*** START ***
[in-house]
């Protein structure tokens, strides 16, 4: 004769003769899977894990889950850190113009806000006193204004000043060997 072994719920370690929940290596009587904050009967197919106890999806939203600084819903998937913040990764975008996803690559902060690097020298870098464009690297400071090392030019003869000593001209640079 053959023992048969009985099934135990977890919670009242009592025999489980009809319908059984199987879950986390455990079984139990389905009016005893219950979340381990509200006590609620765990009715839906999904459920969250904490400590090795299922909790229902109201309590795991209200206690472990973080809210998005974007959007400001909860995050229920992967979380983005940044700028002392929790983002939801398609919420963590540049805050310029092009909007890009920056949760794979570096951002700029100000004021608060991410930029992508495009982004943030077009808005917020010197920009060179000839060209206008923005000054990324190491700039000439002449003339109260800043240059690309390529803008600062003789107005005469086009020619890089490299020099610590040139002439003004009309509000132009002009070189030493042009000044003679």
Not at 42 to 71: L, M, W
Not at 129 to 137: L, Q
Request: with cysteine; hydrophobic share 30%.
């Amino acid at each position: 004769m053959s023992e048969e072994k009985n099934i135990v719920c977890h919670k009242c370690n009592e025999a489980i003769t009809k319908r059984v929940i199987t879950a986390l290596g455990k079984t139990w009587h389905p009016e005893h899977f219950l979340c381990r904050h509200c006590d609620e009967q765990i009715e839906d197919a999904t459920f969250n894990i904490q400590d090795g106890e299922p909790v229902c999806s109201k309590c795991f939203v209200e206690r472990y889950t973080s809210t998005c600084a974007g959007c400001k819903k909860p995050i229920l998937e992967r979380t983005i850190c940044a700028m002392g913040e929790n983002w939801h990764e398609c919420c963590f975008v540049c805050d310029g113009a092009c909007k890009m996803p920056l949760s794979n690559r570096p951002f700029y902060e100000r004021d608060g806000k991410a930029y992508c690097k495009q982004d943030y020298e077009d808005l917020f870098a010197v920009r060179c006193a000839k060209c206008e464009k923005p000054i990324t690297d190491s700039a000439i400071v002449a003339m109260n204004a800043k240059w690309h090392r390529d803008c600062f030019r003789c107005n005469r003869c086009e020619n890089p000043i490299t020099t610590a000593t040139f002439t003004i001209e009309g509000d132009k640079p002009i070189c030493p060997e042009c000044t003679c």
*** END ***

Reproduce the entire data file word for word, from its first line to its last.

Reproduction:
[in-house]
């Protein structure tokens, strides 16, 4: 004769003769899977894990889950850190113009806000006193204004000043060997 072994719920370690929940290596009587904050009967197919106890999806939203600084819903998937913040990764975008996803690559902060690097020298870098464009690297400071090392030019003869000593001209640079 053959023992048969009985099934135990977890919670009242009592025999489980009809319908059984199987879950986390455990079984139990389905009016005893219950979340381990509200006590609620765990009715839906999904459920969250904490400590090795299922909790229902109201309590795991209200206690472990973080809210998005974007959007400001909860995050229920992967979380983005940044700028002392929790983002939801398609919420963590540049805050310029092009909007890009920056949760794979570096951002700029100000004021608060991410930029992508495009982004943030077009808005917020010197920009060179000839060209206008923005000054990324190491700039000439002449003339109260800043240059690309390529803008600062003789107005005469086009020619890089490299020099610590040139002439003004009309509000132009002009070189030493042009000044003679």
Not at 42 to 71: L, M, W
Not at 129 to 137: L, Q
Request: with cysteine; hydrophobic share 30%.
């Amino acid at each position: 004769m053959s023992e048969e072994k009985n099934i135990v719920c977890h919670k009242c370690n009592e025999a489980i003769t009809k319908r059984v929940i199987t879950a986390l290596g455990k079984t139990w009587h389905p009016e005893h899977f219950l979340c381990r904050h509200c006590d609620e009967q765990i009715e839906d197919a999904t459920f969250n894990i904490q400590d090795g106890e299922p909790v229902c999806s109201k309590c795991f939203v209200e206690r472990y889950t973080s809210t998005c600084a974007g959007c400001k819903k909860p995050i229920l998937e992967r979380t983005i850190c940044a700028m002392g913040e929790n983002w939801h990764e398609c919420c963590f975008v540049c805050d310029g113009a092009c909007k890009m996803p920056l949760s794979n690559r570096p951002f700029y902060e100000r004021d608060g806000k991410a930029y992508c690097k495009q982004d943030y020298e077009d808005l917020f870098a010197v920009r060179c006193a000839k060209c206008e464009k923005p000054i990324t690297d190491s700039a000439i400071v002449a003339m109260n204004a800043k240059w690309h090392r390529d803008c600062f030019r003789c107005n005469r003869c086009e020619n890089p000043i490299t020099t610590a000593t040139f002439t003004i001209e009309g509000d132009k640079p002009i070189c030493p060997e042009c000044t003679c």